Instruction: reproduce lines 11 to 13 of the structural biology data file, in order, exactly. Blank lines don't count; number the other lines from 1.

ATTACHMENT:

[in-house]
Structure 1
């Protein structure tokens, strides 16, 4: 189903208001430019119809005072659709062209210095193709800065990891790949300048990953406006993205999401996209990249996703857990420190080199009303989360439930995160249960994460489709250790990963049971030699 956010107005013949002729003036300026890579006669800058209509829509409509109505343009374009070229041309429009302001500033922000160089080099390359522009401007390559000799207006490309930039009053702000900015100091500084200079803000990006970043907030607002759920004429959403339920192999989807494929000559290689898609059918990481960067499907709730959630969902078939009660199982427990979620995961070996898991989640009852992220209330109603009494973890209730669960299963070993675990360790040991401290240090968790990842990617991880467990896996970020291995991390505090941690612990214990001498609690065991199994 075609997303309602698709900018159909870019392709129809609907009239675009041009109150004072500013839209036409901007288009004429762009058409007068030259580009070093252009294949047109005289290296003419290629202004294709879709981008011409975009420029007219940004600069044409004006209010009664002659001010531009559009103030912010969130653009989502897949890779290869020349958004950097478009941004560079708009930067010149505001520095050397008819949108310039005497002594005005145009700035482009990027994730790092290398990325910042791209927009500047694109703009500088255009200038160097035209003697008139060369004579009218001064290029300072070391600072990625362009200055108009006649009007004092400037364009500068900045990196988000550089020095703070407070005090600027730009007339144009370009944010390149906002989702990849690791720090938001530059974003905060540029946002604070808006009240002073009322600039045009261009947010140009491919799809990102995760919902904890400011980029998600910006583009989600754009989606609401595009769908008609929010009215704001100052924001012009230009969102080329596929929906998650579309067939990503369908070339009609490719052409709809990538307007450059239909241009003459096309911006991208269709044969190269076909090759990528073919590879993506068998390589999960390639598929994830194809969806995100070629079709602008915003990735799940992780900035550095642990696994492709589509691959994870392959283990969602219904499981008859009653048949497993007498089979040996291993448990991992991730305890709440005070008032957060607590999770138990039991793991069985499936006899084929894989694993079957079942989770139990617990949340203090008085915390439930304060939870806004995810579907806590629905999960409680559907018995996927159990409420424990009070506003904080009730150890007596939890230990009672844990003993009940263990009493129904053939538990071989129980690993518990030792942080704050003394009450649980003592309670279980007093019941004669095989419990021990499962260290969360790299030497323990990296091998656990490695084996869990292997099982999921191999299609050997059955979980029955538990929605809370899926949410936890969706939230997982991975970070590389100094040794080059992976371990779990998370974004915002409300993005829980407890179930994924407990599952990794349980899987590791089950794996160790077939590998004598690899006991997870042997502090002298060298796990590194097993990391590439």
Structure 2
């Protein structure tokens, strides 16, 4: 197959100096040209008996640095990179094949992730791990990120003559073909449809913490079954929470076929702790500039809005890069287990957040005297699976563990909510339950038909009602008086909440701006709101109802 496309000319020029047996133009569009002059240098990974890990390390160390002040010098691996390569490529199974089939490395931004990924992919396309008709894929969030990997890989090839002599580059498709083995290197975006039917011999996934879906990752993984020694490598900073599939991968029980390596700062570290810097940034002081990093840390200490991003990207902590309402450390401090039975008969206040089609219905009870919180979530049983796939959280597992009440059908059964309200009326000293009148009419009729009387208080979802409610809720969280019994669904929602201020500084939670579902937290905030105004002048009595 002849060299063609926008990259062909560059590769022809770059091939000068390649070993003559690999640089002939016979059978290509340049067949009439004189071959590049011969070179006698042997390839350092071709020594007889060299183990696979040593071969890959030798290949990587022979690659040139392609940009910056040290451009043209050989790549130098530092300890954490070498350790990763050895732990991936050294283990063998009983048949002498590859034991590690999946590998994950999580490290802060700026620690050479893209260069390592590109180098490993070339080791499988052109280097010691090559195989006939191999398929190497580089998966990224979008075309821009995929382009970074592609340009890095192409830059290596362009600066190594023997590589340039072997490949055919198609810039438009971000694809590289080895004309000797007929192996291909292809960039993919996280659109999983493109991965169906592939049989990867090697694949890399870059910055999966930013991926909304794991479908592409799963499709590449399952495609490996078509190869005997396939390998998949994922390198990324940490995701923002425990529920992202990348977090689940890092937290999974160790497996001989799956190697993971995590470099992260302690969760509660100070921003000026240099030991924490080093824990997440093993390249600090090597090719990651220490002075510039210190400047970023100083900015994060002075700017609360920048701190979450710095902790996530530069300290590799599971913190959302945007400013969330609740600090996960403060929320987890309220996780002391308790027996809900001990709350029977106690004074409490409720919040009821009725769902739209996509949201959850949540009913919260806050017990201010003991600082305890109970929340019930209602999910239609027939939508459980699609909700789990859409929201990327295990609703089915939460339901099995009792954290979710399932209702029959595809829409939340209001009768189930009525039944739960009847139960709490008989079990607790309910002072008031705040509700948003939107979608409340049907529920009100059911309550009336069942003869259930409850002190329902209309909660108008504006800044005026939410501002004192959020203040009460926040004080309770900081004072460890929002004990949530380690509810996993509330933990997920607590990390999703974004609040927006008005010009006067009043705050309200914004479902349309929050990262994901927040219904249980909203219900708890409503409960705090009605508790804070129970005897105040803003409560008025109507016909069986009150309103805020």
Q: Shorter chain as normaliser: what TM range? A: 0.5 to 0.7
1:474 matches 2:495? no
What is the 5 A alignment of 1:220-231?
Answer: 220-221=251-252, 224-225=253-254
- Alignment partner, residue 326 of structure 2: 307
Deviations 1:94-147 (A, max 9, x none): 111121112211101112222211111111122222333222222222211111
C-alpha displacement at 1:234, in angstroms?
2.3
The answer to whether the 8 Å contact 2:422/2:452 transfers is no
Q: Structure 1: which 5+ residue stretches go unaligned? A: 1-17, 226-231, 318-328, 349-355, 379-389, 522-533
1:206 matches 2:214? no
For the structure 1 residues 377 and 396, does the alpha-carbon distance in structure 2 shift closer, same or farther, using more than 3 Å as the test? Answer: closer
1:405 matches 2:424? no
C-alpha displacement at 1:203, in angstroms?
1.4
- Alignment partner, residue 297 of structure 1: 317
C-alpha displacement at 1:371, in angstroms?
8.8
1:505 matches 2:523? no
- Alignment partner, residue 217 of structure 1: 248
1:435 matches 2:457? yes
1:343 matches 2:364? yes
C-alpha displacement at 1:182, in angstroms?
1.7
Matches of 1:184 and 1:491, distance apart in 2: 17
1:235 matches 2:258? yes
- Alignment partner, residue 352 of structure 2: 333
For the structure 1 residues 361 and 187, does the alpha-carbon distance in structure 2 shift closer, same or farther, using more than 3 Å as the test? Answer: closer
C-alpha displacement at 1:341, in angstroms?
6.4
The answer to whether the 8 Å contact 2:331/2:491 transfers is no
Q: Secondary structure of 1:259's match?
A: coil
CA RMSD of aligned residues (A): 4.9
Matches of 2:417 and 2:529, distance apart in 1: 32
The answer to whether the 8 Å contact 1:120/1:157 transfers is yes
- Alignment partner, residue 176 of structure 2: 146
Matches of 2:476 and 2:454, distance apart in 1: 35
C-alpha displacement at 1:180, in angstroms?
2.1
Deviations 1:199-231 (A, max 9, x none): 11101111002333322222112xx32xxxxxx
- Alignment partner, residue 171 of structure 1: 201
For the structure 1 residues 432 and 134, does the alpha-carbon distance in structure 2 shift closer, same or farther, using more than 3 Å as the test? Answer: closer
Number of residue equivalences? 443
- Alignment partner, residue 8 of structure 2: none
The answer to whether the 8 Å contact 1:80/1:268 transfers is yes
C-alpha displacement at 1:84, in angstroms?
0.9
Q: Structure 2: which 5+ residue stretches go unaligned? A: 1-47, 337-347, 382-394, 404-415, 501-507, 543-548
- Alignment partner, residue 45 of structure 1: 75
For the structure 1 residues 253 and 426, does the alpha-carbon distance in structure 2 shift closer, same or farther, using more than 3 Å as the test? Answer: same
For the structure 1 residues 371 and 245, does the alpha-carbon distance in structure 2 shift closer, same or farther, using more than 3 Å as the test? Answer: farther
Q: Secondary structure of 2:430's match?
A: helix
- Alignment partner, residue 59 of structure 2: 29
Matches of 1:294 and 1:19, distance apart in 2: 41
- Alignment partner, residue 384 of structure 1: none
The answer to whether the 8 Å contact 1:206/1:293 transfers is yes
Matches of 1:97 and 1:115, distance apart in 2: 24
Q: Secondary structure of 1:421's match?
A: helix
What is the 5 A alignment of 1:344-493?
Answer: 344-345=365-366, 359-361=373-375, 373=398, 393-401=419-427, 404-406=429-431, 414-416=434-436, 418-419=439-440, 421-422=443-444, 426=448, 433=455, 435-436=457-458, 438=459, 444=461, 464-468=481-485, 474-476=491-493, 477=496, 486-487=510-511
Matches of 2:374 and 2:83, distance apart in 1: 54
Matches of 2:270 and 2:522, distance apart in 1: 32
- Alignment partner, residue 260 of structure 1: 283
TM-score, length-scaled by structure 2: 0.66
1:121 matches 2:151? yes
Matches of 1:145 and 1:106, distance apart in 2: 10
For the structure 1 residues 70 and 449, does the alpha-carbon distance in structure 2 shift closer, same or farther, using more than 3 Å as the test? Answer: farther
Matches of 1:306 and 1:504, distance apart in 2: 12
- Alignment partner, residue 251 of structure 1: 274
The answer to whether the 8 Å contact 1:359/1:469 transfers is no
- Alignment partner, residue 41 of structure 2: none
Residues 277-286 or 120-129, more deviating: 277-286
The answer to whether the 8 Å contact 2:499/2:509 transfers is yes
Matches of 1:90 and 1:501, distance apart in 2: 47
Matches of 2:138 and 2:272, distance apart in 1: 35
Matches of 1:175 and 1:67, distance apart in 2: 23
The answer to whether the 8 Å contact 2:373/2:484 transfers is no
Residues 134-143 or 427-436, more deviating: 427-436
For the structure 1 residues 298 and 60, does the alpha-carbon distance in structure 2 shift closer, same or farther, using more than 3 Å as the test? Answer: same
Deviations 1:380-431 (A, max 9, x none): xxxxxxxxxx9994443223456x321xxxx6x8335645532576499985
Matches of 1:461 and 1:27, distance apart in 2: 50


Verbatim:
Deviations 1:94-147 (A, max 9, x none): 111121112211101112222211111111122222333222222222211111
C-alpha displacement at 1:234, in angstroms?
2.3